Why Executives Should Own Business Technology Initiatives

Have you considered who owns the IT systems in a corporate organization?

Strategic system decisions are no longer the sole responsibility of the IT Department, which means IT no longer owns the systems that run a company.  So, who owns them?

Decisions concerning IT system selection, system design and configuration, and surrounding work processes must be initiated by the technology executive and the entire executive team.  The initiative should have direct executive sponsorship and ownership, because enterprise IT systems are the competitive edge, the “secret sauce” and the data repository and source from which the most important executive decisions are made.

Selecting a Systembusinessman-silhouette_10947611

System selection begins with analysis of business processes and the full understanding about how a business makes profit.  It’s important to know…

•What are the unique processes that make a business different from its competitors?

•What are the standard, but necessary, key operations that exist in all businesses?

•How do unique and standard processes work together?

Answering these questions is a prerequisite.  Choosing a system that can satisfy the business requirements of the organization is the final step, not the first.

Enterprise system vendors will always help you buy their product and spin the products’ capabilities in a web of flash and entertainment meant to convince that the systems do it all. This is not the way to choose a solution.  Only through a complete understanding of the business processes, data and workflows can organizations select effective technology solutions to create efficiencies and provide for future growth.

Achieve Organization-Wide Acceptance

Do non-IT employees have difficulty accepting technology initiatives and frequently make these statements?

•“Why doesn’t this system do what it’s supposed to do?”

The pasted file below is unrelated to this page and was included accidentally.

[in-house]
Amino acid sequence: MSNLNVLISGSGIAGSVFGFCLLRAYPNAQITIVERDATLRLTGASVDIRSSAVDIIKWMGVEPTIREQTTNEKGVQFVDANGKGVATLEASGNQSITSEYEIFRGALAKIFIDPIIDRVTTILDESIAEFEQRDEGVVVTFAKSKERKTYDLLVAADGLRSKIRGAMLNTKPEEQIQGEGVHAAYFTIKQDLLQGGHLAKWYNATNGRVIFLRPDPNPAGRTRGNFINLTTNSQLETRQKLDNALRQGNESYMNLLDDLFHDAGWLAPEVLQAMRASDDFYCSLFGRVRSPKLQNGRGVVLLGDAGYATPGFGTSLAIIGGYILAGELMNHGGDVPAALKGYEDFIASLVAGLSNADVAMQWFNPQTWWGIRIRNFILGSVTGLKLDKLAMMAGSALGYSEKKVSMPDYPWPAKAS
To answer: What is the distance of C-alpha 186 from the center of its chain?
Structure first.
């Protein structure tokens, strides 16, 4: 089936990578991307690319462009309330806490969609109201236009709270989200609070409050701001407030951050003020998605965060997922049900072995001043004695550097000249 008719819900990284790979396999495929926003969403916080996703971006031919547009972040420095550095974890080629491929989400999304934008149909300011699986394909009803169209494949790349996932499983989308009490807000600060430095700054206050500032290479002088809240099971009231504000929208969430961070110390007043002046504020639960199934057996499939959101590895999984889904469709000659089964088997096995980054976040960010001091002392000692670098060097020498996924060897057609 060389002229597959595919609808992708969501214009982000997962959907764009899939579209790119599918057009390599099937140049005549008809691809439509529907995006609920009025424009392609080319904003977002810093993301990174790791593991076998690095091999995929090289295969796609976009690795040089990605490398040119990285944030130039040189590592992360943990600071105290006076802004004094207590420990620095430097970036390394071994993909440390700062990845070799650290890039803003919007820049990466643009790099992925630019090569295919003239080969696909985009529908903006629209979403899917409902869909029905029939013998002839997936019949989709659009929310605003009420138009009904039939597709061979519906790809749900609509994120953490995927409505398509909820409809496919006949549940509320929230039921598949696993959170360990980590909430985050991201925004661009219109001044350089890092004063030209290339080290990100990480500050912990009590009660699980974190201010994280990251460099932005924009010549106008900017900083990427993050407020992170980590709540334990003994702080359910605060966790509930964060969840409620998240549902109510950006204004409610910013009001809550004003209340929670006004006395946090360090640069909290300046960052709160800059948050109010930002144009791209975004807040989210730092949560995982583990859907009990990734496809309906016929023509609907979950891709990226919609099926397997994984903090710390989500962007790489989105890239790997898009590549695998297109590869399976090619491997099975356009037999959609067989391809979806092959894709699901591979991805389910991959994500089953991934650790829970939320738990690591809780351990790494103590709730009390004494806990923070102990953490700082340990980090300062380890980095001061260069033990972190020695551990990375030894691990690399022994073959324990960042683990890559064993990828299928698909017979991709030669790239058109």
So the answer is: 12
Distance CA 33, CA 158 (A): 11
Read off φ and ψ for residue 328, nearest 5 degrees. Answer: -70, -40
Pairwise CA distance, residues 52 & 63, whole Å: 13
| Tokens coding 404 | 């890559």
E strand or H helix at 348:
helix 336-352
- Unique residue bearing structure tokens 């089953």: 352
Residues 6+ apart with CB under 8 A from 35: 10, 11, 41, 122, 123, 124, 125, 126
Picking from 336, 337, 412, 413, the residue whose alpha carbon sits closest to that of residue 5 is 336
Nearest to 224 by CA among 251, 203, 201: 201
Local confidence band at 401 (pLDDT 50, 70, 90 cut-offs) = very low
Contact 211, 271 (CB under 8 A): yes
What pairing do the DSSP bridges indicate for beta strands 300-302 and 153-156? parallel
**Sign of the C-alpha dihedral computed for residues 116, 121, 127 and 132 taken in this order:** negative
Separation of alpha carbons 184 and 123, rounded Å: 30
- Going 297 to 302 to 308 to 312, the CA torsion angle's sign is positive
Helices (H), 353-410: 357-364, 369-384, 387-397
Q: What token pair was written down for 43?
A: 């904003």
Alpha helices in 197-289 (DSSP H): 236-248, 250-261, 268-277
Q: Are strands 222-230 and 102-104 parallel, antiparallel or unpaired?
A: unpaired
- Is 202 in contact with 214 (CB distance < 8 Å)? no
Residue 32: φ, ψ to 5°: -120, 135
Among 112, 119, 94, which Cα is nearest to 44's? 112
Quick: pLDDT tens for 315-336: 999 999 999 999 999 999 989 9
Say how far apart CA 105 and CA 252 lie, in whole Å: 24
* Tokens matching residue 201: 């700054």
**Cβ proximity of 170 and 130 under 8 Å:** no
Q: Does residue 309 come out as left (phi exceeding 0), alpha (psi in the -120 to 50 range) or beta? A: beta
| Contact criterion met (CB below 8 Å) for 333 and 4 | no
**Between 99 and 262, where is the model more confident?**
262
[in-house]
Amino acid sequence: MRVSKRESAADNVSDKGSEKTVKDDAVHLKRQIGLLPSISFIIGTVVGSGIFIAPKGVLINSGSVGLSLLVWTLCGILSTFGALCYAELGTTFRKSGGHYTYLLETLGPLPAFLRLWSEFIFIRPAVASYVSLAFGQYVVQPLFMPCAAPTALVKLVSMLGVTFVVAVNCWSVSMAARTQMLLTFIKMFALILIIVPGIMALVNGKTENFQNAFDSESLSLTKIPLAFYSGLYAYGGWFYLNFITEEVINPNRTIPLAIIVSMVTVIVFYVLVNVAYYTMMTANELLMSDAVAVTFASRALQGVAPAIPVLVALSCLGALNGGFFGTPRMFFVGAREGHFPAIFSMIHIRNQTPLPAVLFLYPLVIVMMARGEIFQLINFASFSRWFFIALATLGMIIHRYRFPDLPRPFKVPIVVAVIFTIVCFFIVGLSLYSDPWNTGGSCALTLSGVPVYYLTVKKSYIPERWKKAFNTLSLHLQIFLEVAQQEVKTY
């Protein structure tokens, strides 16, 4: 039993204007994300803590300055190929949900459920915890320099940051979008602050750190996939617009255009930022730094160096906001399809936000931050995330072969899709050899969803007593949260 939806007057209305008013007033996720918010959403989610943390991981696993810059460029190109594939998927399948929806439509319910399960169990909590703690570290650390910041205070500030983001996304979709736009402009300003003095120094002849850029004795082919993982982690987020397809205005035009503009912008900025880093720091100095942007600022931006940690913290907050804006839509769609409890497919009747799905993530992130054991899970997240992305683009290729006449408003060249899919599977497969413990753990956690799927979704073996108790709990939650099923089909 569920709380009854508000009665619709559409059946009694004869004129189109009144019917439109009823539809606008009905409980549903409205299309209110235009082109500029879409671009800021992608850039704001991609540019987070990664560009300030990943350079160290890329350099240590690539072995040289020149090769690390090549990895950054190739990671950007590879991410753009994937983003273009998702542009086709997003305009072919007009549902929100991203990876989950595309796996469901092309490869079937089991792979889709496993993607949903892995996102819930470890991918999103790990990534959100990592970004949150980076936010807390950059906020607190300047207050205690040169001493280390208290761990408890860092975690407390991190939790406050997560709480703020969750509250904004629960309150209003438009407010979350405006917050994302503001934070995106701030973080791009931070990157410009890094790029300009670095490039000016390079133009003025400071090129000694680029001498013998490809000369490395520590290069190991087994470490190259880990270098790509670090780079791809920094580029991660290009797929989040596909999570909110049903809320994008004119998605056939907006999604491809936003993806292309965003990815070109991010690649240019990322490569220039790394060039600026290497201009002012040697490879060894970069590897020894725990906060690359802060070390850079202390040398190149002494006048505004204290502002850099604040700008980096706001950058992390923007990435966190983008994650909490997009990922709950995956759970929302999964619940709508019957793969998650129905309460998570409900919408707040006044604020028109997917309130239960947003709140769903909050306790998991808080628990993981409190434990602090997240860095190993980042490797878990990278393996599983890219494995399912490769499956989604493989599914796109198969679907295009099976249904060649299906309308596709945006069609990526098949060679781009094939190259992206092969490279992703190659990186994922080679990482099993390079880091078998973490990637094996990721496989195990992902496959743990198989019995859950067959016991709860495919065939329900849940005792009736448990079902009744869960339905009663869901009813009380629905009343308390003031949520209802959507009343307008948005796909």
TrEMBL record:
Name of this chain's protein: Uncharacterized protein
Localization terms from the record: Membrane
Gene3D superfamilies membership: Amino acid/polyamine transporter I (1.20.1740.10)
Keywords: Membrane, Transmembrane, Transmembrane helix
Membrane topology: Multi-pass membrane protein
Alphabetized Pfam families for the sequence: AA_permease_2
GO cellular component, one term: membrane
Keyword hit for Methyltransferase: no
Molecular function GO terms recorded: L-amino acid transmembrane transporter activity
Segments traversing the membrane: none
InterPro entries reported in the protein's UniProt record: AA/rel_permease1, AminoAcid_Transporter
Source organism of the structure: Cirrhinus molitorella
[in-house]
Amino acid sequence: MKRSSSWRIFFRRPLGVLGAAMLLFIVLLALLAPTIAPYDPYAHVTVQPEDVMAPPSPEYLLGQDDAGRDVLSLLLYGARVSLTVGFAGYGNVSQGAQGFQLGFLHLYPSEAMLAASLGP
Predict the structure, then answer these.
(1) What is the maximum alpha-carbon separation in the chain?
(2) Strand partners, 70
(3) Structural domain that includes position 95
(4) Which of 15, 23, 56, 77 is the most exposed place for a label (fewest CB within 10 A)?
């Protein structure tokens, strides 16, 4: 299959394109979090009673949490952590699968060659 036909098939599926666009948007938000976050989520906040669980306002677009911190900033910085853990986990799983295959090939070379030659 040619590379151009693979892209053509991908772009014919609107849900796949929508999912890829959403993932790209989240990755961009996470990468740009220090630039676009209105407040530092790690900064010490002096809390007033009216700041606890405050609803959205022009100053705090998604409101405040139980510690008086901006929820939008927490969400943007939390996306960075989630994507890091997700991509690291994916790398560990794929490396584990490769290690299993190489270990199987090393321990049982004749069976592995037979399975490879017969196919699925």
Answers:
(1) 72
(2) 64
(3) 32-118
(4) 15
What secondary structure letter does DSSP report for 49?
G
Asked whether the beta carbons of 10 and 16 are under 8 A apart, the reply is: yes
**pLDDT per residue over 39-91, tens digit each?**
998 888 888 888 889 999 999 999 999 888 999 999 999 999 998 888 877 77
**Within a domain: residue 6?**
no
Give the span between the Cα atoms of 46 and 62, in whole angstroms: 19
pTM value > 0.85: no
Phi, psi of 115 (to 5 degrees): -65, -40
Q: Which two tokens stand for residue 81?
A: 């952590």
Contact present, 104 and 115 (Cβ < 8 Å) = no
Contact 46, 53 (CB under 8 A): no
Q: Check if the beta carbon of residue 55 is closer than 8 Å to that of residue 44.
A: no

•“I’m an accountant, not a techie.  Why do I need to get involved in the computer system?”

•“Do what?  Learn the system?  I have too much to do.  When it gets installed, I’ll learn it.”

•“Those IT guys never get it right!”

Executive ownership and sponsorship brings creditability to the decision to implement a new technology solution.  Operational managers and employees are more likely to embrace a new solution and to commit to the effort to learn a new system if executive ownership and sponsorship is obvious.

Mitigating Risk Associated with New Technology Initiatives

When it comes to the process of implementing a new enterprise system, how can executives make sure the configuration, implementation, testing and go-live proceed as expected?  After all, most executives are not technically astute and cannot truly evaluate the progress that is being made.

Techies sometimes complicate issues with techno-speak and executives never truly know where a project is on the timeline.  Only through effective project management methodology can executives understand the parameters and milestones of a project and remain confident.  Perhaps, this is why so many organizations partner with an expert technology firm (shameless plug) to consult with and manage the project for them.

Whether you manage the project in-house or partner with a service provider, the most important aspect of project status reporting is the analysis of risks.

Ask yourself…

•What is the risk today?

•What is the risk preventing the next step in the process?

•If this phase of the project is delayed or stopped, what does that do to the final completion of the project?

•If this risk becomes reality, what does it do to the company and the strategy that requires the new system?

Analysis of these parameters can determine whether other business decisions must be modified or delayed.  With regards to the status of the information system completion, executives must consider purchase of equipment, financing, delivery to customers and return to shareholders.

The success of a business is dependent on good management from the executive or executive committee.  The success of a new system or technology initiative is also dependent on the decisions of that leadership.  Without executive ownership and proper analysis of risk, technology projects cannot be successful.

What is the role of executives in system selection, implementation, risk analysis and ongoing support?





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